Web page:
Iowa Tribe of Oklahoma OK’d for International Online Poker
Posted on: April 20, 2016, 07:09h.
Last updated on: April 20, 2016, 07:09h.
The Iowa tribe of Oklahoma has received federal approval to launch an online poker site catering to an international market, as well as regulated US markets.
The tiny tribe comprising just 800 enrolled members, is now hoping to roll out its site, pokertribe.com, sometime this year, and meanwhile, the ruling paves the way for other tribes in the state to follow suit, should they wish to do so.
Judge David L Russell stated that there were “no genuine issues of material fact that preclude summary judgment in the tribe’s favor,” in a ruling of the US District Court for the Western District of Oklahoma last Friday.
The tribe initially announced its intention to launch an international online poker site last September in a filing to the state’s Gaming Compliance Unit. The state initially questioned whether such a proposal would be a violation of its compact with the tribe, which operates three casinos in Oklahoma. An arbiter, Charles Chapel, was called in to offer an opinion.
Chapel, a retired Oklahoma Criminal Court of Appeals judge, wrote in his ruling that the “use of the Internet is merely using technology to play covered [ie, Class II] games as a way to increase tribal revenues. It does not extend or restrict the scope of the games and does not amend the compact in any way.”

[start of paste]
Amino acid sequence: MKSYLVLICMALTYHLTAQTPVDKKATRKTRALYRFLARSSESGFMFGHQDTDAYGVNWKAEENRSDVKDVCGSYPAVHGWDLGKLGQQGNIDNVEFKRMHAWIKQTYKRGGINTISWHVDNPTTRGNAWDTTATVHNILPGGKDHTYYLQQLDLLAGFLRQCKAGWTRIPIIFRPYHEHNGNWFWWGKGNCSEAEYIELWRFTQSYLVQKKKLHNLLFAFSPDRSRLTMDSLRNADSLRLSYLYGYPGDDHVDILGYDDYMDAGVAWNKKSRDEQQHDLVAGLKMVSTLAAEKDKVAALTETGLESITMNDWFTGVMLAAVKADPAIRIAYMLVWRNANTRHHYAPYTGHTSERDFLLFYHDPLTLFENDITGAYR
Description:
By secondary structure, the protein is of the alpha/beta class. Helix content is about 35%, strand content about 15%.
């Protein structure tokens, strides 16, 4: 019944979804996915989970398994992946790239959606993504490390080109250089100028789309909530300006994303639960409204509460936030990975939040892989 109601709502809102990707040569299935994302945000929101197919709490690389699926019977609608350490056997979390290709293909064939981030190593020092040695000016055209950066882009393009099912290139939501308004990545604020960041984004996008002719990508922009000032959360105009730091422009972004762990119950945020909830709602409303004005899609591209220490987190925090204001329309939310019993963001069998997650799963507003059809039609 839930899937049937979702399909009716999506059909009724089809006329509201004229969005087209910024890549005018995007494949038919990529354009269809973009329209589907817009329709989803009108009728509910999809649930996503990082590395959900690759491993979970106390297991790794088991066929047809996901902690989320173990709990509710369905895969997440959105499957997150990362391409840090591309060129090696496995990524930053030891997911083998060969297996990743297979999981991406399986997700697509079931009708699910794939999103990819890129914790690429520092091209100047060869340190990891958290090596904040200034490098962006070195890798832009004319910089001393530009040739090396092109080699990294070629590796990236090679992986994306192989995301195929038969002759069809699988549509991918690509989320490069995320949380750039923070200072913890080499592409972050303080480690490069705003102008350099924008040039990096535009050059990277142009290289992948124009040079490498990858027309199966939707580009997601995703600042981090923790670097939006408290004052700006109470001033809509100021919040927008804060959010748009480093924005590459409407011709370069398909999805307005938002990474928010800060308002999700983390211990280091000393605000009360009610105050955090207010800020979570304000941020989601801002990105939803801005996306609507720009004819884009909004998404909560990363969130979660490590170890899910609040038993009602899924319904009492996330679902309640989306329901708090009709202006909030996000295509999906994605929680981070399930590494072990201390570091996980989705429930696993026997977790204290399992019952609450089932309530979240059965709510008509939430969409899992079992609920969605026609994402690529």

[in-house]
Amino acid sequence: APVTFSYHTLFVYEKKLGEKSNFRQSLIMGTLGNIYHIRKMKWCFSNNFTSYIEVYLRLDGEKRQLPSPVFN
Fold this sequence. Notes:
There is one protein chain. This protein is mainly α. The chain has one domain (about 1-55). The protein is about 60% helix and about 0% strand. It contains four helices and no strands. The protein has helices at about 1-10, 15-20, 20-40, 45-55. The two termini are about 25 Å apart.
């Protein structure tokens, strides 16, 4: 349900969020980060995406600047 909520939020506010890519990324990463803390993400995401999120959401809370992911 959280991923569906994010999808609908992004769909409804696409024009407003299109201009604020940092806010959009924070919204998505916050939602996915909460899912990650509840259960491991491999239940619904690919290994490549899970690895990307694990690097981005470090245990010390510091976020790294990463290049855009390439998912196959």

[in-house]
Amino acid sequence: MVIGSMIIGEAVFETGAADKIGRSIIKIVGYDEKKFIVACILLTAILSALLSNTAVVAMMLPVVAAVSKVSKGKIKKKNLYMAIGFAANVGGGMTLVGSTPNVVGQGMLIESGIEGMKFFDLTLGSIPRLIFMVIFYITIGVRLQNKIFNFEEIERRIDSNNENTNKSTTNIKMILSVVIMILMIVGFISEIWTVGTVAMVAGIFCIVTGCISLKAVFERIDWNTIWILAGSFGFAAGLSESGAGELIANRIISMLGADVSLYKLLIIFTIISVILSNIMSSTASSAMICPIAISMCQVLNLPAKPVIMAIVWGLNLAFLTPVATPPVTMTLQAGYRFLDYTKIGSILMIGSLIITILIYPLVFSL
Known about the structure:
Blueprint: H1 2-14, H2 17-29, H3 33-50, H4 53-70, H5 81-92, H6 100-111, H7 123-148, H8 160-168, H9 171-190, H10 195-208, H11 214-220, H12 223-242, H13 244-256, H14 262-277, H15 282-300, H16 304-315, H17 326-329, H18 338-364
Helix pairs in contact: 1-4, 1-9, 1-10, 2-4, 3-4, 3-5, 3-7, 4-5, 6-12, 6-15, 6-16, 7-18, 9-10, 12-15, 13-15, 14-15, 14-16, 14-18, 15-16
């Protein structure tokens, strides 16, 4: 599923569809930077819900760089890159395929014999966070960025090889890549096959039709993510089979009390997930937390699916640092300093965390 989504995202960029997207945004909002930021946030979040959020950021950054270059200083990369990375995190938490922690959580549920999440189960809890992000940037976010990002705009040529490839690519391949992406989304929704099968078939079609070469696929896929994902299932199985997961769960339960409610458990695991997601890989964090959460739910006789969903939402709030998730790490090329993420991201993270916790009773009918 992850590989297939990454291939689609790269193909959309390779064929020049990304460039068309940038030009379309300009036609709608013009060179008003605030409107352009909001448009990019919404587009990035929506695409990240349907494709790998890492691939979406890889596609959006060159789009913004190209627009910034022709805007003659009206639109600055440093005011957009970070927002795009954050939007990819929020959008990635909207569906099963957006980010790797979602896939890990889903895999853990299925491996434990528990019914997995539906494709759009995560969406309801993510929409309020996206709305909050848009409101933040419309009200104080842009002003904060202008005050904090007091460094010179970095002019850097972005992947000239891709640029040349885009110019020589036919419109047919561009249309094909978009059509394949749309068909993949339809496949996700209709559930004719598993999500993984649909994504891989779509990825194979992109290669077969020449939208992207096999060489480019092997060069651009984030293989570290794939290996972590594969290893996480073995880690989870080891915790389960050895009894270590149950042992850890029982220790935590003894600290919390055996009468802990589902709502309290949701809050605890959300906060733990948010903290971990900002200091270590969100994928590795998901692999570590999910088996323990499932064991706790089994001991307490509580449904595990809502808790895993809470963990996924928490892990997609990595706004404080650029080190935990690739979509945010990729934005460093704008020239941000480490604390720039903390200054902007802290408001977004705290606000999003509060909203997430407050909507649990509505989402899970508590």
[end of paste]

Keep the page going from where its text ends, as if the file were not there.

The Indian Gaming Regulatory Act of 1988 states that tribes may offer Class II gaming (defined in the act as poker and bingo) on sovereign land, without a formal dispensation from the state.
The state accepted the arbiters’ ruling while the court hearing last week gave it the federal rubberstamp. Should pokertribe.com go ahead, it would be the only operator offering online poker to the international market from inside the US.
The Iowas will partner with software provider Universal Entertainment Group (UEG), a Florida-based company that approached the tribe after a similar deal with the two other Oklahoma-based tribes fell through.
In 2014, UEG planned to launch a site called pokertribes.com (plural) with the Cheyenne and Arapaho Tribes of Oklahoma. The state ruled the tribes were not in violation of their compact provided they were targeting customers outside the US; however, in that instance, US Interior Department disagreed and wrote to the tribes to this effect.
A lawsuit to challenge the department’s decision was eventually abandoned, along with the whole project, following the election of a new tribal leader. This was after the tribes had plowed over $9 million into the pokertribes.com. It appears the tribes parted with UEG acrimoniously.
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